Without employer assistance or government subsidies, people buy what they can afford. It is no different than food or cars. A person whose income is $2000 a month can afford about $150 a month for health insurance. Go on any health insurance website, and the only plans available for that amount will have very high deductibles. The ACA has a million imperfections, but one thing to its credit was that it at least acknowledged the inadequacy of the free market. If the ACA subsidies survive, then the person making $2000 a month will pay $150 and then the government will… Read more »

SteveH
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SteveH

I was at a small, rural hospital a few weeks ago talking to the CEO. He said a lot of families in his area are buying high-deductible plans (up to $10,000 in a deductible). Really bad for his hospital because they don’t have the 10 grand and when they come to the ER and get treated they don’t have much if any money, can never meet the deductible and his hospital ends up eating the loss for people who are supposedly “insured.”

Peter1
Guest
Peter1

Who’s selling these plans? Sounds like the health insurance equivalent to predatory lending.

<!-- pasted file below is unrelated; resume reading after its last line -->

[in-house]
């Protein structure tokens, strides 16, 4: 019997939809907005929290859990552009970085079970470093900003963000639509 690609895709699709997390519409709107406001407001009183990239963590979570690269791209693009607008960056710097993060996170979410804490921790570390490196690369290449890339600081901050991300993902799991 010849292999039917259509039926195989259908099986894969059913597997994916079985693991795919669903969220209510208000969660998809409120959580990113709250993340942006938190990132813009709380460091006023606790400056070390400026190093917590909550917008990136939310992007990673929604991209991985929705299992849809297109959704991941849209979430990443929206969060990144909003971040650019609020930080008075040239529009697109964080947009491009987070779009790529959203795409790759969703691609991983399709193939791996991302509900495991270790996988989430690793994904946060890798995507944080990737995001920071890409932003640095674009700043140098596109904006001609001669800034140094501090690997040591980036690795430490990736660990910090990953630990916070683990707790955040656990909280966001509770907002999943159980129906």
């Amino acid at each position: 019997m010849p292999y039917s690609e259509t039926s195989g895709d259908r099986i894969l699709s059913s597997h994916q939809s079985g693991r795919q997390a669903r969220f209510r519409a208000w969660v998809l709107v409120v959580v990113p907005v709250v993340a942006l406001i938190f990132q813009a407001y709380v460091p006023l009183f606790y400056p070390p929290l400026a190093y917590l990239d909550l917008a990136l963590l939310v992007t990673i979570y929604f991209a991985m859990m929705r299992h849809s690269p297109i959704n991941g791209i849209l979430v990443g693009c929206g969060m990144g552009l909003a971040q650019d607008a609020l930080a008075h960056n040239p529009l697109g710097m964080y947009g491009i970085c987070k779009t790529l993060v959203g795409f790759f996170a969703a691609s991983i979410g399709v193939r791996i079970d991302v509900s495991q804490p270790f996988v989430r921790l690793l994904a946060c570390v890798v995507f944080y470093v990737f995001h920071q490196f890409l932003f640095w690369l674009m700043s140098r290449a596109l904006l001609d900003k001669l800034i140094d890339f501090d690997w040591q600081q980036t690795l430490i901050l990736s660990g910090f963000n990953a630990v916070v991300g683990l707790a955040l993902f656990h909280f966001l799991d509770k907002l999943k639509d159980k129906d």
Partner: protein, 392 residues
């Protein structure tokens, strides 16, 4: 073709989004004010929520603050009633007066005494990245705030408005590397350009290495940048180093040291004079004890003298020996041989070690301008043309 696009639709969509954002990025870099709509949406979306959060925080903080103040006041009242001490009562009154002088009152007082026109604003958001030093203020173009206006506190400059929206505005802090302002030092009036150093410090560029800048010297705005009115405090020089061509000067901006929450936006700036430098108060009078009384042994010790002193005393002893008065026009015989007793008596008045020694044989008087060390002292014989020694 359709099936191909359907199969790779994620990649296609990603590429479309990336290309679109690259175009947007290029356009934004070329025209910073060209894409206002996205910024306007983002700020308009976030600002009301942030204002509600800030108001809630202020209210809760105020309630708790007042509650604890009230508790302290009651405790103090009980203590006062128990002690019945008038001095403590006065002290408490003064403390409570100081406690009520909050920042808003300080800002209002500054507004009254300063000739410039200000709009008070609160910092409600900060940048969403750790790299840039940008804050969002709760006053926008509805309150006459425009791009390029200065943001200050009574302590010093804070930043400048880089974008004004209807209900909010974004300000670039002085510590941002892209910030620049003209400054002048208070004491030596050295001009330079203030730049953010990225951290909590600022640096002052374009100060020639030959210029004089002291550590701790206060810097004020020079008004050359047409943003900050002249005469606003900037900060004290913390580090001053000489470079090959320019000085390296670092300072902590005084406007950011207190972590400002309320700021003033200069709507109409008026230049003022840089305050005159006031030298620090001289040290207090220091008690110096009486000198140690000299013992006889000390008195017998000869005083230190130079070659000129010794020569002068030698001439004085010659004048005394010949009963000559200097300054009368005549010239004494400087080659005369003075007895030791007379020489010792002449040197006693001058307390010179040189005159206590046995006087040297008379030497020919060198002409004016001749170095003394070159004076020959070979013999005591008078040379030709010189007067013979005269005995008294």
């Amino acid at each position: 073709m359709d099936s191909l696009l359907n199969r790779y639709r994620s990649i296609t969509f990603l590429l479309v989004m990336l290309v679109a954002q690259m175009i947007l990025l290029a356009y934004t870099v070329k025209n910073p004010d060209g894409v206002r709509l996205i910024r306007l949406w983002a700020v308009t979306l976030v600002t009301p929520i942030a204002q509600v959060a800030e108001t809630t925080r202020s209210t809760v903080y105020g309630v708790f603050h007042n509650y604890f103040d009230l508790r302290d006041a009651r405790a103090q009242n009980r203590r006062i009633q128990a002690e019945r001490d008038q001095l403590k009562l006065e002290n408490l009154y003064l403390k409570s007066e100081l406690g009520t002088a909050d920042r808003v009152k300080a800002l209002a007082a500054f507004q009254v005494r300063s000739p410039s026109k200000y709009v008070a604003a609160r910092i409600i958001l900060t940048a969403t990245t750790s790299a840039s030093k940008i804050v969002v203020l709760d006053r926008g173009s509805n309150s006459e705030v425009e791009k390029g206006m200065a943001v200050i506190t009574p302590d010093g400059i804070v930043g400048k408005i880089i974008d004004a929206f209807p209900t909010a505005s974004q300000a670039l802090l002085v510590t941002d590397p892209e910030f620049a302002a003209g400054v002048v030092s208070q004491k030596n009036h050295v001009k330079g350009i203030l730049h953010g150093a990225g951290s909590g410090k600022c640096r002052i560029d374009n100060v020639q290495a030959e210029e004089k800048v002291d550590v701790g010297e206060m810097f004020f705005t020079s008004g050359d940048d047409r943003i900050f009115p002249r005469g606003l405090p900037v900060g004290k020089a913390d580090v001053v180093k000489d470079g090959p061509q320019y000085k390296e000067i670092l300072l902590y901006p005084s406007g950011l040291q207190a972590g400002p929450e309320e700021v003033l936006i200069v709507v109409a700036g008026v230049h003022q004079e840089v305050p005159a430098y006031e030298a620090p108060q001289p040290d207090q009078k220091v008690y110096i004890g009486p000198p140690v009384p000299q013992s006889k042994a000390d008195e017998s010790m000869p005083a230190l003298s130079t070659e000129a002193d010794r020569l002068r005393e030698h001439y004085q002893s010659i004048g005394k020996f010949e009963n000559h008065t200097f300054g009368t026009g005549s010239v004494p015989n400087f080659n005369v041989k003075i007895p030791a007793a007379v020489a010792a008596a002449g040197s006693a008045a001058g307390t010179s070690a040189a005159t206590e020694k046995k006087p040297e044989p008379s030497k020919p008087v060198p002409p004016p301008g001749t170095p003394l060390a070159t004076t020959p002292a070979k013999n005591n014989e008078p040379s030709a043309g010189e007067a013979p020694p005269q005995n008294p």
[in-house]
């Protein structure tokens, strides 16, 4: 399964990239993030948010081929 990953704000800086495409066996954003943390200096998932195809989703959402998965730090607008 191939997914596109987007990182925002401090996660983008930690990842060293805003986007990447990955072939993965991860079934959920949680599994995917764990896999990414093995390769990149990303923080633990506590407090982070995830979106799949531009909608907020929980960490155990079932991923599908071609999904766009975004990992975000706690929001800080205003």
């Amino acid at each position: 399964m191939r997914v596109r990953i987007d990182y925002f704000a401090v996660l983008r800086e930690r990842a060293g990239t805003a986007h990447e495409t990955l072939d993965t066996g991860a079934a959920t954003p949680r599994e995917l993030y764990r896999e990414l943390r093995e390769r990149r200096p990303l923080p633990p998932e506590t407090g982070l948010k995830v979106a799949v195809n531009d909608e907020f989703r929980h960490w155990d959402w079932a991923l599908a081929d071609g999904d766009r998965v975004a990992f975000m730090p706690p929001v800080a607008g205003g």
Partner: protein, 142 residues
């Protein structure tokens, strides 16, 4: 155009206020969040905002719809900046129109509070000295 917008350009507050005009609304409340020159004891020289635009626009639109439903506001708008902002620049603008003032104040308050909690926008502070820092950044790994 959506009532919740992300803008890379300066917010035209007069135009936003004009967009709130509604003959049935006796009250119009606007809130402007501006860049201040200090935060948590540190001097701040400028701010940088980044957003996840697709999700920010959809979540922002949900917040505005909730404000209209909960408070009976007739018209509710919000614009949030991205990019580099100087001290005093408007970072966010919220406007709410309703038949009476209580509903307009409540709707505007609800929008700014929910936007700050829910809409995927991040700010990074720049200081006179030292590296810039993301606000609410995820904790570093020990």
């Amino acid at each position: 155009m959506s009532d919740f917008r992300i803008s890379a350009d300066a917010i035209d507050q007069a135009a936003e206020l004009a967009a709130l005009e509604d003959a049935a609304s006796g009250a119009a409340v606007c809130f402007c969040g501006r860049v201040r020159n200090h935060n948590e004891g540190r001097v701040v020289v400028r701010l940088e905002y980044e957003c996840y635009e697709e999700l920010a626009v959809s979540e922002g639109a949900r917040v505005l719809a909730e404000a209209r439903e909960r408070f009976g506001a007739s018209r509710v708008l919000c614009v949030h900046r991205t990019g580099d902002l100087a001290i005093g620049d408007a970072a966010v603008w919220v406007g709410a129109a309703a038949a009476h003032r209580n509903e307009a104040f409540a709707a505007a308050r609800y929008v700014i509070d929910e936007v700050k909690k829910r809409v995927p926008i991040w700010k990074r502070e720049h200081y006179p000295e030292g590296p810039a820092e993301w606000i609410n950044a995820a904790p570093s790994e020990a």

That’s how I see these plans, great for financially secure people but a joke for those people without enough disposable income to make the plan work for them. I have a HD home insurance policy, but I have ample resources to cover an initial loss.

SteveH
Guest
SteveH

Don’t know who sells them. I agree, they don’t work at all if you don’t have a lot of money.

Nick
Guest
Nick

Good, maybe he will actually price things what their worth when a lot of people start coming in. I know several people who just tell the hospital they have no insurance when they have a high deductible plan. Saves then 80%. I don’t do it, but I hear people laughing about all the time.

Barry Carol
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Barry Carol

Steve – I’m all for listening to customers (patients) and trying to be responsive to their needs and concerns. Unfortunately, commercial payers historically considered the employer to be the customer and not the member. Employer and member priorities can be quite different and often in conflict. Public payers respond mainly to lobbyists for the various healthcare industry interest groups in formulating coverage and payment policy. If patients expect their needs to be addressed going forward, I expect them to develop some consistency between what they want and what they’re willing to pay for. Significant tradeoffs are inevitable and people must… Read more »

Bill Springer
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Bill Springer